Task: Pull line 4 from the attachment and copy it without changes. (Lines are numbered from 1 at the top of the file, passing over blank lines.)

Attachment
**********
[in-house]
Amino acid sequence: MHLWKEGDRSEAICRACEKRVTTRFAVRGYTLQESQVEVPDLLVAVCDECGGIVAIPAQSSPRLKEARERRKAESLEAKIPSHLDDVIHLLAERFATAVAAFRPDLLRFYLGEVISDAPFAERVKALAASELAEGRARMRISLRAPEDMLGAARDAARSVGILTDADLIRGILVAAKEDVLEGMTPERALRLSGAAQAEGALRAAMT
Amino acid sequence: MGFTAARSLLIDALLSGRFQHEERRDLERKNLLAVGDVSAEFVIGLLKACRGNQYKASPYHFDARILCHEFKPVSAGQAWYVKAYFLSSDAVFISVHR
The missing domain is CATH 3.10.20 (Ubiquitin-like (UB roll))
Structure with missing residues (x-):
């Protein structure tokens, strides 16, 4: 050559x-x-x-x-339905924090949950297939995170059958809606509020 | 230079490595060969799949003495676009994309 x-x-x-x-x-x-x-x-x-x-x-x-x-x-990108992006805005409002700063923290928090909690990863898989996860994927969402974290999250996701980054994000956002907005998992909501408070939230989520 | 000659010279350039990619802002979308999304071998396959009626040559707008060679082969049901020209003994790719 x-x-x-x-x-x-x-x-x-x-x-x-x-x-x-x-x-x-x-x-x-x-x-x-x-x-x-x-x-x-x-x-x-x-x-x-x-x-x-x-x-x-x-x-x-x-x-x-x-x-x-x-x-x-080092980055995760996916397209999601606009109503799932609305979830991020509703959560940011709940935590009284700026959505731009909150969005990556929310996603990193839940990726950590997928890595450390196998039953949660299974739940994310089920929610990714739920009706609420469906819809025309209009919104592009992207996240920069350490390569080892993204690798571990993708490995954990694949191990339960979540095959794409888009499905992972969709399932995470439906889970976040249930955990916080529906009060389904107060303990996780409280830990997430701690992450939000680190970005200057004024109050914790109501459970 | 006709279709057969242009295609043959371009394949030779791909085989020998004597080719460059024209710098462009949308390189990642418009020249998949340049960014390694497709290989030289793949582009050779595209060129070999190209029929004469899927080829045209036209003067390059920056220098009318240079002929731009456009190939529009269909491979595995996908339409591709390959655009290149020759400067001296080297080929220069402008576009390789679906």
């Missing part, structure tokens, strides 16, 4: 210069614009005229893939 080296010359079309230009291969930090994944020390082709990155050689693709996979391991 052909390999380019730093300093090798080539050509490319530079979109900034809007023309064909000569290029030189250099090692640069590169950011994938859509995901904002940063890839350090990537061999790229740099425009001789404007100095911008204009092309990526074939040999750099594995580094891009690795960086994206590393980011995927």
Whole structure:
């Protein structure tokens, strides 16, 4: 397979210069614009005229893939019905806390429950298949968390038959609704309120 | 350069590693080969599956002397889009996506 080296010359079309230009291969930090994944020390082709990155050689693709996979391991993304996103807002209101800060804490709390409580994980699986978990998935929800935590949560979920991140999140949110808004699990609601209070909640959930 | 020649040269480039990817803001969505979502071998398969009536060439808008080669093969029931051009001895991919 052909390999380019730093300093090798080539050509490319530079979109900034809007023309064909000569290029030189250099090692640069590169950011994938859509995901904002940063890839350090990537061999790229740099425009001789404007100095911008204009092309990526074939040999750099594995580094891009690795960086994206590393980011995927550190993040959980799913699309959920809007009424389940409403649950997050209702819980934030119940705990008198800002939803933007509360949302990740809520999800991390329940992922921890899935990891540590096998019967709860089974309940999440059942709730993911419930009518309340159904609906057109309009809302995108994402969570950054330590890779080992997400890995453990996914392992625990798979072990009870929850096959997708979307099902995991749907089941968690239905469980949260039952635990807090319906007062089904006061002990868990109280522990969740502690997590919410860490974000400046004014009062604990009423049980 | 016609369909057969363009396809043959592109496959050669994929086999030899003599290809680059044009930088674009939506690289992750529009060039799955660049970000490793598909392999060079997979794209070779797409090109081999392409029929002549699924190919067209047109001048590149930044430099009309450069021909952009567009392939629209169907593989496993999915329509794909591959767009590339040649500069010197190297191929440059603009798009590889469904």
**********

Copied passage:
The missing domain is CATH 3.10.20 (Ubiquitin-like (UB roll))